On the Vocal Ministry

By Ruth M. Pitman

There is no Meeting so open, so tender, so free, so stable, as the Meeting that is united in faith in the prophetic ministry, in the belief that God speaks to man, calls him to action and leads him through it. While this belief is characteristic of certain “unprogrammed” portions of the Society, whose worship is rooted in it, it is known to Friends with programmed meetings as well, for the faith that God reveals Himself to man in time is a basic tenet of Friends in general, and is found throughout Christendom, though its practice differs from group to group.

It is understood in such a Meeting that any messages that are spoken strive to be God’s word for these people at this time; that is, no one will speak unless he has prayerfully considered two questions: whether the message is God’s or his own, and whether it should be given to these people now, or is for the individual alone.

To be sure, sometimes “the water tastes of the pipes”. Our experiences, including what we have read and what we have memorized, are all a part of us; God can use what we are. On the other hand, we can be mistaken; some parts of our “pipes” dissolve all too readily into any passing fluid. Because the Meeting knows the Source of true messages and knows that the speakers will “test themselves in the Light” before speaking, the hearers will listen with the deepest sort of sensitivity, even to a message with which they would formally disagree. No one dare think, “Oh, that’s Tom riding his hobby-horse again.”

Not every message is for you. Perhaps it will never be for you, but perhaps also it is something you will someday grow into. Rejoice if it rings true, but if it does not speak to your condition do not discuss it or dissect it.

The Meeting which is united upon this principle of the ministry can accept the messages of the child, the fool, the disturbed person, and the stranger worshipfully, as a natural thing, without any trace of condescension, for God can speak through these people too, even if they do not fully understand the basis of the ministry.

Such a Meeting can absorb quantities of disturbance, because each worshipper lays what he hears reverently before the Lord with the unspoken prayer, “Show me how this is for me.”

It is well for the speaker to stand. He should not be ashamed, and if he stands he is heard better and may be less inclined to ramble on. His identity is no secret, but at the same time it is unimportant; he will not be analyzed for what he says. The spoken message is not necessarily a key to the speaker’s normal attitude or state of being. A depressed person can suddenly be filled with praise, and a hate-filled person can be granted a vision of love. It is not to be assumed that the former lives in constant awareness of God’s presence or that the latter is a hypocrite. People do not crane their necks to see the speaker or make excited inquires about who he is. He is judged only after many messages over a long period of time, and then never by one person alone. He is never praised or condemned for his message, for the message was God’s, not his. A word of thanks from a person who has been helped or of gratitude for the faithfulness of the minister is the most that is in order, and this will be brief, without elaboration or discussion. To say more would be to tempt him to vanity.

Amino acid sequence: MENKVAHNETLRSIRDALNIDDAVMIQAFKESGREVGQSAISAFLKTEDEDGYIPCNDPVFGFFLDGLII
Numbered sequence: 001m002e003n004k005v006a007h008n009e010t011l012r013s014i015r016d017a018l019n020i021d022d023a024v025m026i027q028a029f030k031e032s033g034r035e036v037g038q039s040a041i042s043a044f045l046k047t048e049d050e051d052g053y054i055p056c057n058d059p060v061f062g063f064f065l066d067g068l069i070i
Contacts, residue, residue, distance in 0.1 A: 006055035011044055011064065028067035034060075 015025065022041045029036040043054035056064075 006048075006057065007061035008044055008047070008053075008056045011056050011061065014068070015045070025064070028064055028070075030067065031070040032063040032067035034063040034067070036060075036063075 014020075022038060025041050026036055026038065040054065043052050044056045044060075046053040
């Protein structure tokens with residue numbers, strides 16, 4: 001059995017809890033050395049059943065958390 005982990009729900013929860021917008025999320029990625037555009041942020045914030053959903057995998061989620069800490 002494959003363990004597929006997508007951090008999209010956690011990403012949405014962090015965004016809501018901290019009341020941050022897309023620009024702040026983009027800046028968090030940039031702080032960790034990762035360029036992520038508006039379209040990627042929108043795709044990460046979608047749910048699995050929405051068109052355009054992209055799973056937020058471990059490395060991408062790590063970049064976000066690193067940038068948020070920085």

Because the speaker knows he will not be questioned, or condemned, or tempted by praise to dizzy heights of self-importance, he is freed from most of his self-interest and self-concern. The testing of his message requires that he discipline himself strictly, but this should not kill the vocal ministry, for the hearers neither accept nor reject the message without weighing it very carefully in the same Light. This also gives the speaker freedom. Because of this freedom and reverence there is variety in the ministry. Two types of speaking we seldom hear assume their place beside and above the type of message we often hear. One may be called the testimonial, the “story” that praises God for His workings within the life of the individual. The other is vocal prayer, that delicate flower of worship, which is so near the limit of words that reference to it later is almost surely out of place.

Such a Meeting never turns into a debate. The word “debate” belongs to an entirely different level of life, one of reasoning and rationalizing, of self-assertiveness and self-defensiveness. Though the messages may point in the same direction, it would be as wrong to measure the Meeting by this as to judge a cake by its color or the weight of a board by its thickness.

There may be wide diversity, even contradictions, in the messages, but they will be differences that enlarge our comprehension of Truth. See how the Eighth Psalm contrasts man’s insignificance and his greatness within a firm framework of God’s majesty and mercy: “When I look at thy heavens, the work of thy fingers, … what is man that thou art mindful of him … ? Yet thou hast made him little less than God, and dost crown him with glory and honor…. Oh Lord, our Lord, how majestic is thy name in all the earth!”

1979; reprinted 1997, 2005, 2008. The substance of this piece was originally published in The Canadian Friend